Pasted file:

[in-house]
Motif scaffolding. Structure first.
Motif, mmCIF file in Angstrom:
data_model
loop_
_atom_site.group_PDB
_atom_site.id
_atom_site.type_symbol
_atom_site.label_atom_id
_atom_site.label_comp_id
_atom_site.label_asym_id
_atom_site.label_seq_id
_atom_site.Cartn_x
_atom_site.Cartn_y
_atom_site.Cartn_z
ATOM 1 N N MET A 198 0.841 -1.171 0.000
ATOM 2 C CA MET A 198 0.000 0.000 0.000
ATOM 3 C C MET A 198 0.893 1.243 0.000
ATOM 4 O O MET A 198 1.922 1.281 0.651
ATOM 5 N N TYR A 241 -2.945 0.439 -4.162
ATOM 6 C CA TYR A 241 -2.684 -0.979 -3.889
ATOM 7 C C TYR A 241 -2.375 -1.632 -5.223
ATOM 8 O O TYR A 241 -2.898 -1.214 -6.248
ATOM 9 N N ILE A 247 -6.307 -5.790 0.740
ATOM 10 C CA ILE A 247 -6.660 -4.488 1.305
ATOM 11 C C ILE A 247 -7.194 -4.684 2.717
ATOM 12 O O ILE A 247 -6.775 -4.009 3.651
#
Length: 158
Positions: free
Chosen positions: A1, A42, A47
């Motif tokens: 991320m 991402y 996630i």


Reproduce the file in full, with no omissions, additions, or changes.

[in-house]
Motif scaffolding. Structure first.
Motif, mmCIF file in Angstrom:
data_model
loop_
_atom_site.group_PDB
_atom_site.id
_atom_site.type_symbol
_atom_site.label_atom_id
_atom_site.label_comp_id
_atom_site.label_asym_id
_atom_site.label_seq_id
_atom_site.Cartn_x
_atom_site.Cartn_y
_atom_site.Cartn_z
ATOM 1 N N MET A 198 0.841 -1.171 0.000
ATOM 2 C CA MET A 198 0.000 0.000 0.000
ATOM 3 C C MET A 198 0.893 1.243 0.000
ATOM 4 O O MET A 198 1.922 1.281 0.651
ATOM 5 N N TYR A 241 -2.945 0.439 -4.162
ATOM 6 C CA TYR A 241 -2.684 -0.979 -3.889
ATOM 7 C C TYR A 241 -2.375 -1.632 -5.223
ATOM 8 O O TYR A 241 -2.898 -1.214 -6.248
ATOM 9 N N ILE A 247 -6.307 -5.790 0.740
ATOM 10 C CA ILE A 247 -6.660 -4.488 1.305
ATOM 11 C C ILE A 247 -7.194 -4.684 2.717
ATOM 12 O O ILE A 247 -6.775 -4.009 3.651
#
Length: 158
Positions: free
Chosen positions: A1, A42, A47
């Motif tokens: 991320m 991402y 996630i």